A founding member of the Holy See’s child protection commission has echoed criticism of its leadership, questioned the wisdom of placing the body within the Vatican’s doctrine office and called some of the commission’s plans “unrealistic”.
Baroness Hollins, among the first raft of individuals appointed to the Pontifical Commission for the Protection of Minors, is an expert in child psychiatry and psychotherapy and is a former President of the Royal College of Psychiatrists. She has worked closely with abuse victims and spent several years advising the Church on child protection.
Delivering the Catholic Union’s Craigmyle Lecture on Monday, 28 November in London, Lady Hollins pointed to clericalism cited comments made to The Tablet by Sr Jane Bertelsen, another former member of the commission. Sr Jane, the Congregational Leader of the Franciscan Missionaries of the Divine Motherhood, said that “a collaborative, synodal style of working…was not evident in my last few months on the commission”.
Lady Hollins described this as “a direct and critical comment on the current leadership” while pointing to the need to tackle clericalism and that power in the Church still resides within the clerical, hierarchical system.
As part of Pope Francis’ reform of the Roman Curia, the pontifical commission has been placed under the Dicastery for the Doctrine of the Faith, which has responsibility for prosecuting and processing cases of priests accused of sexual abuse.
But Lady Hollins said that during her time on the commission, attempts to work with the dicastery “seemed to be blocked at every turn”, adding that “there was a lack of transparency, and their approach was uni-disciplinary unlike that of the PCPM.”
She said: “It’s anomalous to put a safeguarding commission into the department that deals with allegations against priests given that its brief is to prevent abuse and to address the care and healing of victims/survivors. The Dicastery for Family and laity seems much more in tune with the overall goals of the Commission.”
Lady Hollins repeated concerns about this move by Marie Collins, another former commission member, who told The Tablet that abuse must be tackled as a cultural and systemic problem, not simply as a disciplinary matter. Last month, the commission and the dicastery had yet to agree on how they will work together.
With an eruption of high-profile abuse cases coming to public attention, survivors, former members and Church sources have asked in recent months whether the commission is heading in the right direction. Along with the lack of a synodal approach, a question mark has been raised over the decision by the commission’s leadership to enter a partnership with the Italian bishops’ conference, whereby the Italian Church will fund and exchange information and skills with safeguarding centres in the Global South. Although the Italian Church has announced a study of internal records on clerical child sex abuse covering 2000-2020, it has resisted a deep and wide national investigation into how abuse was handled.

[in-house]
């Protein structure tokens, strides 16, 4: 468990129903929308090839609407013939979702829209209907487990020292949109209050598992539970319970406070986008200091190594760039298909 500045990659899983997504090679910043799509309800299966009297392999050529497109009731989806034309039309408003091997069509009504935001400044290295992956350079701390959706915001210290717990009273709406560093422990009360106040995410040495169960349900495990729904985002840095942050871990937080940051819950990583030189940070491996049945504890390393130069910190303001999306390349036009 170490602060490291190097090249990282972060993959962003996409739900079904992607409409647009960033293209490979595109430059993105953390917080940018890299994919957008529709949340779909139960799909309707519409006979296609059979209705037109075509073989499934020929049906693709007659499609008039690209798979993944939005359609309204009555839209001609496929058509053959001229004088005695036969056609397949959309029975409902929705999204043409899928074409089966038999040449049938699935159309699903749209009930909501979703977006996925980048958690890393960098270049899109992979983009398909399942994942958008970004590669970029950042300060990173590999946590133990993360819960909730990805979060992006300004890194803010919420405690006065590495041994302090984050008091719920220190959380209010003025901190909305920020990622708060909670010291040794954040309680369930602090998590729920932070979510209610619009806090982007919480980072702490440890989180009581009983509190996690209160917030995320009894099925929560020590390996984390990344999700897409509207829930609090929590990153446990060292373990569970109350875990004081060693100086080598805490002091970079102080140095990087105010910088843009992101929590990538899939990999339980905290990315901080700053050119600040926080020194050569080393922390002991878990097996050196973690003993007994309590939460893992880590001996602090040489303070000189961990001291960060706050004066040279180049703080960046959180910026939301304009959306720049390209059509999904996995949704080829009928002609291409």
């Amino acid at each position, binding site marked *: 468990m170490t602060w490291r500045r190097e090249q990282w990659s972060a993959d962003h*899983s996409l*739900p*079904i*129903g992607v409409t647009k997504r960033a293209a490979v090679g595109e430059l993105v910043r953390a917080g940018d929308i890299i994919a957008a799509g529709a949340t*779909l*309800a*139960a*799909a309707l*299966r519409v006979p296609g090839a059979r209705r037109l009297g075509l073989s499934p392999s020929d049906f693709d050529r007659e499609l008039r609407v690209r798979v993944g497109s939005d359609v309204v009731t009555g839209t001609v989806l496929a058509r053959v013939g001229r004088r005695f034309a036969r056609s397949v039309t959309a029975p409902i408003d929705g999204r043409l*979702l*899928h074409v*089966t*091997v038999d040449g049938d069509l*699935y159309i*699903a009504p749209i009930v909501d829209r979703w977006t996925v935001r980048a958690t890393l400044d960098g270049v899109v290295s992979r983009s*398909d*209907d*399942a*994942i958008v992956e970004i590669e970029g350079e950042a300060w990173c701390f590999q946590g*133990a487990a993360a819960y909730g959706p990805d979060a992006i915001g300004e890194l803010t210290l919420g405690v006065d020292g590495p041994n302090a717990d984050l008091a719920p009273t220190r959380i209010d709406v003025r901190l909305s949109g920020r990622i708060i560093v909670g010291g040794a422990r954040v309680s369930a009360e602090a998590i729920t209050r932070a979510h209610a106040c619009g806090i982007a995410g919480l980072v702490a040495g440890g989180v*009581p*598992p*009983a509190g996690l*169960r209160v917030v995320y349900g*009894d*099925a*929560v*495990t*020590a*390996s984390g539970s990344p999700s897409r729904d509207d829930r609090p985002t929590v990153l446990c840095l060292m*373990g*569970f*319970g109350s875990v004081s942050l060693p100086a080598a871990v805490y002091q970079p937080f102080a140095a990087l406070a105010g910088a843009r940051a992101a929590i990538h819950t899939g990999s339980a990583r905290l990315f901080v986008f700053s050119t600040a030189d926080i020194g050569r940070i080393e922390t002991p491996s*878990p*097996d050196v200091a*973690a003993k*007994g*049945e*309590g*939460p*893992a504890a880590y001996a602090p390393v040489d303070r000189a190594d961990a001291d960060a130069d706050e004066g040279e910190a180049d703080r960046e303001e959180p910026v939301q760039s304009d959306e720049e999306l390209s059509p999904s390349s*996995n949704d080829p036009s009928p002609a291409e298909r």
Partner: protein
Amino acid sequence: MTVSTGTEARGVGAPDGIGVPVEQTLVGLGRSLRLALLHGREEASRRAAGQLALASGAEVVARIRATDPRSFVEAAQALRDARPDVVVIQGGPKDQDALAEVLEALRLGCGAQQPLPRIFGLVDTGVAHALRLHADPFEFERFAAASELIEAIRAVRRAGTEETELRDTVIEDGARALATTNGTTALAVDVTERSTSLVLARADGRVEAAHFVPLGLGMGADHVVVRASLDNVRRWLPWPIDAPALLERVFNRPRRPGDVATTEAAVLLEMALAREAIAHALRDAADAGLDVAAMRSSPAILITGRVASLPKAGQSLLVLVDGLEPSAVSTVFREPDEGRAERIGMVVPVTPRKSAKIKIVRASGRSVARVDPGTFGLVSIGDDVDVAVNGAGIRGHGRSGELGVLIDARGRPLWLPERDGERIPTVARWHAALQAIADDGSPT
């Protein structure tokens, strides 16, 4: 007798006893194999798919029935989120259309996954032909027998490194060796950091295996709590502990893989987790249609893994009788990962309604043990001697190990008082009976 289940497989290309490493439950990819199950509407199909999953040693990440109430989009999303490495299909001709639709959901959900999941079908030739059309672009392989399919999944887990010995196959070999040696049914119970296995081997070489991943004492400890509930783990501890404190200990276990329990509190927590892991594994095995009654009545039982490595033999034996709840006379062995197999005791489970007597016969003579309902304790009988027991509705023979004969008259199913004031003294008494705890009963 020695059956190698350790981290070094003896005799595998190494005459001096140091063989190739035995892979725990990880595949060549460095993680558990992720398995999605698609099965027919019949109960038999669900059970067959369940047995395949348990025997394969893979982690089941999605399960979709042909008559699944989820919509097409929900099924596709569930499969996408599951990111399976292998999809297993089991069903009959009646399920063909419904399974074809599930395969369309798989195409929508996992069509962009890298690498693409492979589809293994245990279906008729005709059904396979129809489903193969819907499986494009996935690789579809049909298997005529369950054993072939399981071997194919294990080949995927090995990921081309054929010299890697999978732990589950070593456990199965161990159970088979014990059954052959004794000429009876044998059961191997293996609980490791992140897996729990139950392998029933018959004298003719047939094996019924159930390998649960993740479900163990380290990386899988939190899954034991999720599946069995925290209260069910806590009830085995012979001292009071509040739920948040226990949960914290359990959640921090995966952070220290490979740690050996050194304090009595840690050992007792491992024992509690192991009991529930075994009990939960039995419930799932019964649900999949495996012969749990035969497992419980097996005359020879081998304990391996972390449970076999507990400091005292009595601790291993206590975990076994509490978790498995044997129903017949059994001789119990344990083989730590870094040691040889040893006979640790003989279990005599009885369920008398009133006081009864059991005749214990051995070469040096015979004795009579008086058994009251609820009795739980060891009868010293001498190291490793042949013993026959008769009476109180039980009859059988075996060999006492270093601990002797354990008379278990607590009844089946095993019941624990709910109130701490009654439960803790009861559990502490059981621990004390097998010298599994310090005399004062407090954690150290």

Fr Andrew Small, who has been secretary of the commission since July 2021, defended the Italian bishops' agreement telling The Tablet it was an “important initiative” and is “to be welcomed by all”.
Fr Small has estimated that between 70 and 80 out of the 114 bishops’ conferences worldwide have not established proper systems that would enable alleged victims to report incidents of abuse by priests or church workers and that in the past, the commission has not had “a lot of success” in raising money for its work. He says that funding could come from Missio Invest, a social impact fund, in helping to implement the reporting systems. Fr Small established Missio Invest as a separate entity in his previous role as national director of the Pontifical Mission Societies in the United States. He is still closely involved with the operation alongside his work with the PCPM.
But Mrs Collins has questioned whether the commission is still working on structures to ensure best practices for safeguarding or whether it is focussed on fundraising for initiatives.
Earlier this year, the Pope asked the commission to compile an annual report “on the Church’s initiatives for the protection of minors and vulnerable adults” which would “furnish a reliable account on what is presently being done and what needs to change, so that the competent authorities can act”.
Fr Small has said the first report was unlikely to be ready until 2024. He says the plan is to “summarise reports” of bishops from around the world who come to Rome for five-yearly visits and to look at what the Church is doing in specific areas around the world. The report would also look at what is happening in the Roman Curia.
Lady Hollins pointed out: “Rather unrealistically, the PCPM…says it will publish an annual report of progress made by every Bishops conference - all 114 of them.”
She insisted that “listening to victim survivors matters more than anything” when it comes to tackling abuse and improving safeguarding, and she praised Francis’ leadership when it came to tackling sexual abuse.
“The Church – we as members of the Church – need priests and prophets who are leading us towards the truth. Pope Francis is just such a leader and inspires hope for the future of the priesthood,” she said.
The commission for the protection of minors was set up in 2014, and its president is Cardinal Seán O’Malley of Boston, a credible and respected figure with a track record of tackling abuse cases and accompanying victims and survivors. The commission’s role is to advise the Pope on safeguarding measures, help victims and help local bishops’ conferences to establish effective safeguarding and reporting mechanisms.